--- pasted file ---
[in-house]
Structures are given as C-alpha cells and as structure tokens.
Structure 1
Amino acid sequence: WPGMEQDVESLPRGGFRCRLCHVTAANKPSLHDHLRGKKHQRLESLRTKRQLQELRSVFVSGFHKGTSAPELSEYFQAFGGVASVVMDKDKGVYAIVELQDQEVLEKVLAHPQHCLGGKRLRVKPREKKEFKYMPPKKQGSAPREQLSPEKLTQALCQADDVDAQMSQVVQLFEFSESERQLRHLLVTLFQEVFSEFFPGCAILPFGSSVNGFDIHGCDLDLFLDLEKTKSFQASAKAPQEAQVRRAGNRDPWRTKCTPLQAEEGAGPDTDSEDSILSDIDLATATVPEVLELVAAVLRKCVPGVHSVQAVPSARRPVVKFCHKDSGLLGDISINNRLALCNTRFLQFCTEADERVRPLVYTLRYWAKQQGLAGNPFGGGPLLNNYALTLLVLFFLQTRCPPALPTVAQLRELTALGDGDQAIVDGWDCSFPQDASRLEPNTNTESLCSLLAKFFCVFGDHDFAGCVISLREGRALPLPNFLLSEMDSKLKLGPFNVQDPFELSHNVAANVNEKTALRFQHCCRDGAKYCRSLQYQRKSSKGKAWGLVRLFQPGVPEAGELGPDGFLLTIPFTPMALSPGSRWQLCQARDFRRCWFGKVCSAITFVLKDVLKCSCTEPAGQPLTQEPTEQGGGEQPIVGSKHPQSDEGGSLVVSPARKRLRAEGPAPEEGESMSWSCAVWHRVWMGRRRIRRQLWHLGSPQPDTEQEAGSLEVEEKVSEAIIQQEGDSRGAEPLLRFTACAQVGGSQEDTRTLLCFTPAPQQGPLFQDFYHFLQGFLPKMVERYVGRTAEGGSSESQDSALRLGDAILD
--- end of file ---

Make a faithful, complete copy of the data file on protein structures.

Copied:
[in-house]
Structures are given as C-alpha cells and as structure tokens.
Structure 1
Amino acid sequence: WPGMEQDVESLPRGGFRCRLCHVTAANKPSLHDHLRGKKHQRLESLRTKRQLQELRSVFVSGFHKGTSAPELSEYFQAFGGVASVVMDKDKGVYAIVELQDQEVLEKVLAHPQHCLGGKRLRVKPREKKEFKYMPPKKQGSAPREQLSPEKLTQALCQADDVDAQMSQVVQLFEFSESERQLRHLLVTLFQEVFSEFFPGCAILPFGSSVNGFDIHGCDLDLFLDLEKTKSFQASAKAPQEAQVRRAGNRDPWRTKCTPLQAEEGAGPDTDSEDSILSDIDLATATVPEVLELVAAVLRKCVPGVHSVQAVPSARRPVVKFCHKDSGLLGDISINNRLALCNTRFLQFCTEADERVRPLVYTLRYWAKQQGLAGNPFGGGPLLNNYALTLLVLFFLQTRCPPALPTVAQLRELTALGDGDQAIVDGWDCSFPQDASRLEPNTNTESLCSLLAKFFCVFGDHDFAGCVISLREGRALPLPNFLLSEMDSKLKLGPFNVQDPFELSHNVAANVNEKTALRFQHCCRDGAKYCRSLQYQRKSSKGKAWGLVRLFQPGVPEAGELGPDGFLLTIPFTPMALSPGSRWQLCQARDFRRCWFGKVCSAITFVLKDVLKCSCTEPAGQPLTQEPTEQGGGEQPIVGSKHPQSDEGGSLVVSPARKRLRAEGPAPEEGESMSWSCAVWHRVWMGRRRIRRQLWHLGSPQPDTEQEAGSLEVEEKVSEAIIQQEGDSRGAEPLLRFTACAQVGGSQEDTRTLLCFTPAPQQGPLFQDFYHFLQGFLPKMVERYVGRTAEGGSSESQDSALRLGDAILD